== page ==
• Deliver Widget X in the November release, with no more than 2 S1 defects and 4 S2 defects "leaked" to the field within the first 90 days of production use.
  • Deliver all specified behavior in Function Y, by 11/31/2008.  Pass full code inspection and acceptance testing with less than 5% rework.
The difference in each of these good GAOs is that they are precise, they define the target, they define the time line where applicable, and they define the means by which success will be measured. 

The last bit of my talk was about behavioral GAOs. This is a method I've used successfully to get around sensitive cultural or enterprise-to-enterprise relationship issues. A couple of examples follow:

Scenario 1:  An architect-level resource from a service provider was involved at a very deep 
level in a client project. When the architect perceived a problem with the project (that ultimately resulted in a schedule slip), they escalated first to their own (service provider) chain of command. The service delivery director received the escalation, discussed it with the staff involved, and then escalated to the client-side senior leadership.  
Problem: This escalation chain was troublesome to the client, because it created a secondary, unintentional chain of command within the project. They wanted the senior service provider resource to work directly with the product team, rather4 than through a “shadow” management team.
GAO we used to fix it: We wrote a GAO something to the effect of:  Senior architect resources should act and behave as if they were “badged employees” with respect 

Scenario 2:  In a large ITO portfolio with multiple client-side managers, there was some confusion and surprise around staffing coverage in the Indian delivery center, on an Indian national holiday. A reminder that staff would be unavailable went out the day before the holiday.
Problem: This caught many of the client-side managers by surprise, and they had to do significant schedule-shuffling to ensure coverage while the India-based staff was on holiday.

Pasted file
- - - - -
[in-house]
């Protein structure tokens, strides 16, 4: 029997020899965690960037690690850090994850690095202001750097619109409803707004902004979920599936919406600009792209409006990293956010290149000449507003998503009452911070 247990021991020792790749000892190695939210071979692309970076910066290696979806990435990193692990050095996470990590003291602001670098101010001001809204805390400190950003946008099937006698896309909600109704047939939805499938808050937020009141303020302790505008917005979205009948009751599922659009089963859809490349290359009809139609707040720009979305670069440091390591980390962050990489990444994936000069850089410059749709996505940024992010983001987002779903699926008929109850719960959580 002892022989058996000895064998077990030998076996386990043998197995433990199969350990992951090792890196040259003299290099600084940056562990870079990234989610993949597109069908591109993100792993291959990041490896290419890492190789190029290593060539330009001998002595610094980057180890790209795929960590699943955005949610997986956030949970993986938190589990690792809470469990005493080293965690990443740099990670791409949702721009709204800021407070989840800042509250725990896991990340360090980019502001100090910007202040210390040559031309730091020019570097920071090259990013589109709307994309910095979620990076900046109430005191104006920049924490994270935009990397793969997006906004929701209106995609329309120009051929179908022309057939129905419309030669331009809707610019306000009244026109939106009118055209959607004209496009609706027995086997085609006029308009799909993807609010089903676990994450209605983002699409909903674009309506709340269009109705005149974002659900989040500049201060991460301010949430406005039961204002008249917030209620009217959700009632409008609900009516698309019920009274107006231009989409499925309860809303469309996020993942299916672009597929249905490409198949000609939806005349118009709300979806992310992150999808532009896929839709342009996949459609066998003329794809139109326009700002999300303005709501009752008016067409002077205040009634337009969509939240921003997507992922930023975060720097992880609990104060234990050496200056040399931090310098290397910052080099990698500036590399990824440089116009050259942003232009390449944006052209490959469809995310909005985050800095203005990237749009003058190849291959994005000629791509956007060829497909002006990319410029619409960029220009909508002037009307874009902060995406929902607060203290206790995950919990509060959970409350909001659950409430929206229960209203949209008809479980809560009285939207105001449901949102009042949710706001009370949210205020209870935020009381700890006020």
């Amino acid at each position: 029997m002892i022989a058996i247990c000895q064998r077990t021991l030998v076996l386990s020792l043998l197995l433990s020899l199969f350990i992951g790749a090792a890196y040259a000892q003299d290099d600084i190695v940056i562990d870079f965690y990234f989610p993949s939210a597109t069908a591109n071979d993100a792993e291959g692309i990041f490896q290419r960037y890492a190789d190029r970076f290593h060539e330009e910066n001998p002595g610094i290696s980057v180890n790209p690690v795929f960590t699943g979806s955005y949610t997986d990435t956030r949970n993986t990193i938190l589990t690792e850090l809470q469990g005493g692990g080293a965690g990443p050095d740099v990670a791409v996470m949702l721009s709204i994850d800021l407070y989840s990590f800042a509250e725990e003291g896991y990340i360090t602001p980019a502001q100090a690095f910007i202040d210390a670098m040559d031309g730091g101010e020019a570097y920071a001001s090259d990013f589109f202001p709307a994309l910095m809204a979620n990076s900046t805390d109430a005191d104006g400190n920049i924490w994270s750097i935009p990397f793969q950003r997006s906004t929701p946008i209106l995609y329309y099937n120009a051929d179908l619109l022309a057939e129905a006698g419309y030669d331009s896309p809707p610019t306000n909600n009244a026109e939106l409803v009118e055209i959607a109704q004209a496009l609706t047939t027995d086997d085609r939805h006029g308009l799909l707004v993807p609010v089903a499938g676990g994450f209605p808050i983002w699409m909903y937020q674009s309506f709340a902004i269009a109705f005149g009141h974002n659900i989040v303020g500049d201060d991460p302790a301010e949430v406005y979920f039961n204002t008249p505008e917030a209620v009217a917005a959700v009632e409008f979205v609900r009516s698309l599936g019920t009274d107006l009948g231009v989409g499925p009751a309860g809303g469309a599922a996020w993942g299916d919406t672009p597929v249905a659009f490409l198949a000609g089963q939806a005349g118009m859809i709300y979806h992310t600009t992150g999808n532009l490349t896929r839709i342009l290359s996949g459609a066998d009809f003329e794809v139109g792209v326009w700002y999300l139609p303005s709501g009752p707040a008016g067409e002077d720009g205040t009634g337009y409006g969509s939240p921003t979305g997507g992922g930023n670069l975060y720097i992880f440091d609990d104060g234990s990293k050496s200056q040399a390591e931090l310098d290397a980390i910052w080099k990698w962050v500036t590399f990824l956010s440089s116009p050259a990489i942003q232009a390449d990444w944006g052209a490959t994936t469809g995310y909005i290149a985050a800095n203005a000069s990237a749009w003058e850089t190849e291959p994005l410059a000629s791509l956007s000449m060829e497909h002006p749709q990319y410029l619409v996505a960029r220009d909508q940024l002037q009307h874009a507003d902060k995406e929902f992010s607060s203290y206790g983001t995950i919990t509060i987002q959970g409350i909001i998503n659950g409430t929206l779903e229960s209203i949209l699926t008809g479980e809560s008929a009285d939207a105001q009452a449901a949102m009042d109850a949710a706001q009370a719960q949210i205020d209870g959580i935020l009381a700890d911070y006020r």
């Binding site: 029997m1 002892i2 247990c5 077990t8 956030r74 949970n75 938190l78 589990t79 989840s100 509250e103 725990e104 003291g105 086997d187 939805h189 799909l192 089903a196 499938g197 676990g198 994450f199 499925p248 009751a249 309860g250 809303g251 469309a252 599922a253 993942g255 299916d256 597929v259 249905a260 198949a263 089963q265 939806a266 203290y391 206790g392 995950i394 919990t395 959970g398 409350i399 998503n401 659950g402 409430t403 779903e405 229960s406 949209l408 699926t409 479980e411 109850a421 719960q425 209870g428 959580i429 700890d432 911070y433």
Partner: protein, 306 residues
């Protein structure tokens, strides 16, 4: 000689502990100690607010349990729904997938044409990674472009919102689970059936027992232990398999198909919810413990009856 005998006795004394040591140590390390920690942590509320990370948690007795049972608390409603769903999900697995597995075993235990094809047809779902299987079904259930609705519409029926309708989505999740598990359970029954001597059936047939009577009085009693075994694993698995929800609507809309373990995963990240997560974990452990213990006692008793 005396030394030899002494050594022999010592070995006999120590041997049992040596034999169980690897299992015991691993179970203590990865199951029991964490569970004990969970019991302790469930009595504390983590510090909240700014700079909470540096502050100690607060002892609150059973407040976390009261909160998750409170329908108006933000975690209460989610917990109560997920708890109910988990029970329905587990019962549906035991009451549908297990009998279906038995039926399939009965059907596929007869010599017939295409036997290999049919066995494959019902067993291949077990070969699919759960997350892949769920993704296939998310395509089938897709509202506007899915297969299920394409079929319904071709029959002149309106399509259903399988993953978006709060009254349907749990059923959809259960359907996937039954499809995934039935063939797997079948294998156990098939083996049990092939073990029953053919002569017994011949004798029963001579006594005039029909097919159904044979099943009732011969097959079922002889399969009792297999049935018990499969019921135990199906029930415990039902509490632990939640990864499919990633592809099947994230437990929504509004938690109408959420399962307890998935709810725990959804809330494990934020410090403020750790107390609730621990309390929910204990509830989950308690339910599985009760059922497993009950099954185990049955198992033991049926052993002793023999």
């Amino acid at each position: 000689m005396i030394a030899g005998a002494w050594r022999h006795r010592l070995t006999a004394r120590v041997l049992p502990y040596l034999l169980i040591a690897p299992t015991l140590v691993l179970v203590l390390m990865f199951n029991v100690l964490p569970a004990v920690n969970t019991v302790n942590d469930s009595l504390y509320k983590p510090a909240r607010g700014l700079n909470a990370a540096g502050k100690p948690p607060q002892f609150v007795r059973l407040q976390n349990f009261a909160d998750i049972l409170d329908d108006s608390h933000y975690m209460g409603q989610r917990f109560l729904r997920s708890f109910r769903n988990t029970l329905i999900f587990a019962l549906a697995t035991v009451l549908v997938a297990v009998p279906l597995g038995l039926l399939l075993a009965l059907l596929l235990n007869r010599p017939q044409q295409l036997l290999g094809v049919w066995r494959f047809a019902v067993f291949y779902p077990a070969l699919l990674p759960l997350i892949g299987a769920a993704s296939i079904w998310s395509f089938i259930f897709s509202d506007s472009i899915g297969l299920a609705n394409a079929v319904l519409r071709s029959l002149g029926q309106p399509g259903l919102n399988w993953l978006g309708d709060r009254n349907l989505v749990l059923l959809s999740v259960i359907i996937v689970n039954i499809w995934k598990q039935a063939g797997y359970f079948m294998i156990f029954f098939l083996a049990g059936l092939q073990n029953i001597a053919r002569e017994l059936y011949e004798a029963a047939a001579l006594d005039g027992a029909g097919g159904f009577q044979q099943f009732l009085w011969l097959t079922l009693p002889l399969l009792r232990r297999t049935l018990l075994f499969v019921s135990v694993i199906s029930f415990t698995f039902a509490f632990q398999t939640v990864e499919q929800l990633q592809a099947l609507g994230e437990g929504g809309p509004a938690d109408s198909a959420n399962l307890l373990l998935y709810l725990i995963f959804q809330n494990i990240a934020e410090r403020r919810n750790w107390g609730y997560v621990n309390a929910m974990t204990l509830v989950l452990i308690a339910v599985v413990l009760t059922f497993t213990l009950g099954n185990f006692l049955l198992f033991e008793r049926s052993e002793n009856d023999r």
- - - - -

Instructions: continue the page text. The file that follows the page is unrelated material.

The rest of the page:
GAO we used to fix it: The service provider management team was asked to send reminders for national holidays and planned personal vacation to all affected client-side manager 2 weeks, 1 week, 2 days and 1 day in advance of the event, to ensure that client-side managers have more than ample advance notice.

These last two scenarios illustrate the organizational or behavioral GAO I mentioned at the start of the post. This method can be used to fix real or perceived bugs in how outsourcing partners relate to one another.

Over the next few weeks, I’ll be getting draft GAOs from about two dozen client-side managers, so I should have some interesting source material about how managers across a wide spectrum of experience approach the problem.


Finally, someone as panoid and cynical about security as I am...

I just stumbled on this excellent list of "security maxims" from the Nuke E. division of the Argonne National Laboratory.  They describe it as "cynical and tongue in cheek."  In my opinion, this just makes it good reading, not less valuable or true.  Read and enjoy.  Here are some excerpts:

Ignorance is Bliss Maxim: The confidence that people have in security is inversely proportional to how much they know about it.

Huh Maxim: When a (non-security) senior manager, bureaucrat, or government official talks publicly about security, he or she will usually say something stupid, unrealistic, inaccurate, and/or na├»ve.

Really, just great, well written, kind of funny truths.  Check it out.


We’re all experts…

I had to take a commercial flight yesterday morning. As is usually the case, I was amused by the latest changes in the TSA’s security theater.

For those readers who have not traveled in the US recently, I will remind you that prior to entering the terminal travelers have to go through security screening. To be allowed into the terminal, you have to: